Founded by Mohammed Yusuf in 2002, the group has been led by Abubakar Shekau since 2009. When Boko Haram first formed, their actions were nonviolent. Their main goal was to “purify Islam in northern Nigeria." From March 2015 to August 2016, the group was aligned with the Islamic State of Iraq and the Levant. Since the current insurgency started in 2009, Boko Haram has killed tens of thousands and displaced 2.3 million from their homes[22] and was ranked as the world's deadliest terror group by the Global Terrorism Index in 2015.

After its founding in 2002, Boko Haram's increasing radicalisation led to a violent uprising in July 2009 in which its leader was summarily executed. Its unexpected resurgence, following a mass prison break in September 2010, was accompanied by increasingly sophisticated attacks, initially against soft targets, but progressing in 2011 to include suicide bombings of police buildings and the United Nations office in Abuja. The government's establishment of a state of emergency at the beginning of 2012, extended in the following year to cover the entire northeast of Nigeria, led to an increase in both security force abuses and militant attacks.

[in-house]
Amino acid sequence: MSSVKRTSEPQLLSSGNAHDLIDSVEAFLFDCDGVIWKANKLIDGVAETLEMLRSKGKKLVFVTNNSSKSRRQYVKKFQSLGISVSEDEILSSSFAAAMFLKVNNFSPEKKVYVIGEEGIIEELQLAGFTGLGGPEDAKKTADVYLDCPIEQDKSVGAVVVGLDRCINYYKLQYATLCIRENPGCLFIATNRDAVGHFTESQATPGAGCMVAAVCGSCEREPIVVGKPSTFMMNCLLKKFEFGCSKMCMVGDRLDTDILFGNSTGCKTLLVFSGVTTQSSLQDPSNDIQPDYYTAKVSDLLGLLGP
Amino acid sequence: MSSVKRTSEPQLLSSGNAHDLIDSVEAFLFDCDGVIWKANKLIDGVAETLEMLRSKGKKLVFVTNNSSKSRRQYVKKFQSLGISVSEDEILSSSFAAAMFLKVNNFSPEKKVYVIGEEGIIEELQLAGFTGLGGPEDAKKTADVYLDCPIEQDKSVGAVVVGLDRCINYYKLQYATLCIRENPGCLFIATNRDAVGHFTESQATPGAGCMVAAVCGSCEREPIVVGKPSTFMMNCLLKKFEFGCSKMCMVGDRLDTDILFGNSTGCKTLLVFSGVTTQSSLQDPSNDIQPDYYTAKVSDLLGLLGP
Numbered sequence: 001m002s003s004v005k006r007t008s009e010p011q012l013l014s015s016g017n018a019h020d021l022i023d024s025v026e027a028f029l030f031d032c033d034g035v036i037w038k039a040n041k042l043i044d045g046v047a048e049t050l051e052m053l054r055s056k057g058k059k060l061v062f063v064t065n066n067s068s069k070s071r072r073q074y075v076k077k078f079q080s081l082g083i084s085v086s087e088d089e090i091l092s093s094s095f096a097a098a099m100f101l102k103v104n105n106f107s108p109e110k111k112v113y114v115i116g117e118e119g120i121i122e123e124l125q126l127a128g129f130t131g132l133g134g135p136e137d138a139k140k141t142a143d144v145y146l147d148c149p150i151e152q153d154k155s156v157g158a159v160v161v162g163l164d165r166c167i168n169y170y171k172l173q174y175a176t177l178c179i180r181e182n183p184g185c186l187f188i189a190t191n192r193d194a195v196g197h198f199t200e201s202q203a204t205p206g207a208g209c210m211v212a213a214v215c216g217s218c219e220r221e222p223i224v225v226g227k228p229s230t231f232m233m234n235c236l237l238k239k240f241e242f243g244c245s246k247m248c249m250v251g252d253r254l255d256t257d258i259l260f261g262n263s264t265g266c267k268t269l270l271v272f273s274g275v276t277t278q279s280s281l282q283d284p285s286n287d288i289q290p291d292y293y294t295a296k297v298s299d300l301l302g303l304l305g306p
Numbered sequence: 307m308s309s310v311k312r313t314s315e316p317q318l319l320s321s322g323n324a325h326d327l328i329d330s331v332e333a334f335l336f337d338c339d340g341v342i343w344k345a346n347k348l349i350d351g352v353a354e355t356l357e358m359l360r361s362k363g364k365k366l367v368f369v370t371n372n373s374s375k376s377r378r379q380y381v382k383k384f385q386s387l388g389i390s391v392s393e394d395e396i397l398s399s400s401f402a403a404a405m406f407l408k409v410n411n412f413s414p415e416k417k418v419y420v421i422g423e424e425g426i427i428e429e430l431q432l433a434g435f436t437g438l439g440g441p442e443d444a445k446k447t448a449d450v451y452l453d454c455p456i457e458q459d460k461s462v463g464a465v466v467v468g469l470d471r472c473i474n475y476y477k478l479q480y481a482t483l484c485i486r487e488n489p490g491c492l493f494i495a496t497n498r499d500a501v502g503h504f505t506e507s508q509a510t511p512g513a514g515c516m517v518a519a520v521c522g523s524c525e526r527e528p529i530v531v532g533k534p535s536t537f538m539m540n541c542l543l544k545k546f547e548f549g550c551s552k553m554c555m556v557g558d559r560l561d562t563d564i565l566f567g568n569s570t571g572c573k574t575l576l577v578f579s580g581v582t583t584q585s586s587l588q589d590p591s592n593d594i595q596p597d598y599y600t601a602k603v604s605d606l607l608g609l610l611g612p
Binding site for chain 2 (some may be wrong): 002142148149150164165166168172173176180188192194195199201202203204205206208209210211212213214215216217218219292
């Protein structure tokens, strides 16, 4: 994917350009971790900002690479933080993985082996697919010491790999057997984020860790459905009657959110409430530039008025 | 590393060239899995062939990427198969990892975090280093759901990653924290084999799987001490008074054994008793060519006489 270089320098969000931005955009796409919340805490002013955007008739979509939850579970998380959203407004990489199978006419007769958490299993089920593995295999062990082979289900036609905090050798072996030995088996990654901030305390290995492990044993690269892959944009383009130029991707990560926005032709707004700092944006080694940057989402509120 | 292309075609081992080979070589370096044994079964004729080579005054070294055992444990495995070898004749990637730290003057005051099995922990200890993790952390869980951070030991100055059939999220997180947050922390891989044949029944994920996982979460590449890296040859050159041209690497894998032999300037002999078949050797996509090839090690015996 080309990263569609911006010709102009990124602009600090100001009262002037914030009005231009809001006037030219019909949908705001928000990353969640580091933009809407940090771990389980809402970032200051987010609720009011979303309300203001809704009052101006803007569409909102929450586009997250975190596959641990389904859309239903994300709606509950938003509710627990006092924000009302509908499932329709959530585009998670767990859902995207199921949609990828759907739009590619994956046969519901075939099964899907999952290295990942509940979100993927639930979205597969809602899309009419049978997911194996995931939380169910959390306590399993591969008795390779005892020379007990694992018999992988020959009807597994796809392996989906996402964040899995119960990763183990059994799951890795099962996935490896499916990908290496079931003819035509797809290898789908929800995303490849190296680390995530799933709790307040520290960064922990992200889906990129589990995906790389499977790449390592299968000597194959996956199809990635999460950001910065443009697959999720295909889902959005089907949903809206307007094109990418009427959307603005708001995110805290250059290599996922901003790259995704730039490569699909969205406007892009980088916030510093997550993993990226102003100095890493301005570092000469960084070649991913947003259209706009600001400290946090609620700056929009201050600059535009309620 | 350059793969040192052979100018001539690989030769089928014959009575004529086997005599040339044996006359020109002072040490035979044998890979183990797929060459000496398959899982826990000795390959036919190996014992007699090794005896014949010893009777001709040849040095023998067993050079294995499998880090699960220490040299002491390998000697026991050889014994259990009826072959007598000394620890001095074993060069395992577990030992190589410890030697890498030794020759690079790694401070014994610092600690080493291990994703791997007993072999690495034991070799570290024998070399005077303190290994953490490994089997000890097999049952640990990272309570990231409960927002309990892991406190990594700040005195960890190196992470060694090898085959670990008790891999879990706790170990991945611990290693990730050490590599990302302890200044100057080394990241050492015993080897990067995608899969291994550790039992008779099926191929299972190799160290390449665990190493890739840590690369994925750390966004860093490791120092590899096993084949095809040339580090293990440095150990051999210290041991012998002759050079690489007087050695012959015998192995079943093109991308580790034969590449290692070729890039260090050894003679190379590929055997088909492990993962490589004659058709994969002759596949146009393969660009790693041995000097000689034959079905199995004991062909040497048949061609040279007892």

Of the 2.3 million people displaced by the conflict since May 2013, at least 250,000 have left Nigeria and fled into Cameroon, Chad or Niger. Boko Haram killed over 6,600 in 2014. The group have carried out mass abductions including the kidnapping of 276 schoolgirls from Chibok in April 2014. Corruption in the security services and human rights abuses committed by them have hampered efforts to counter the unrest.

In mid-2014, the militants gained control of swathes of territory in and around their home state of Borno, estimated at 50,000 square kilometres (20,000 sq mi) in January 2015, but did not capture the state capital, Maiduguri, where the group was originally based. On 7 March 2015, Boko Haram's leader Abubakar Shekau pledged allegiance to the Islamic State of Iraq and the Levant, rebranding as Islamic State in West Africa. In September 2015, the Director of Information at the Defence Headquarters of Nigeria announced that all Boko Haram camps had been destroyed.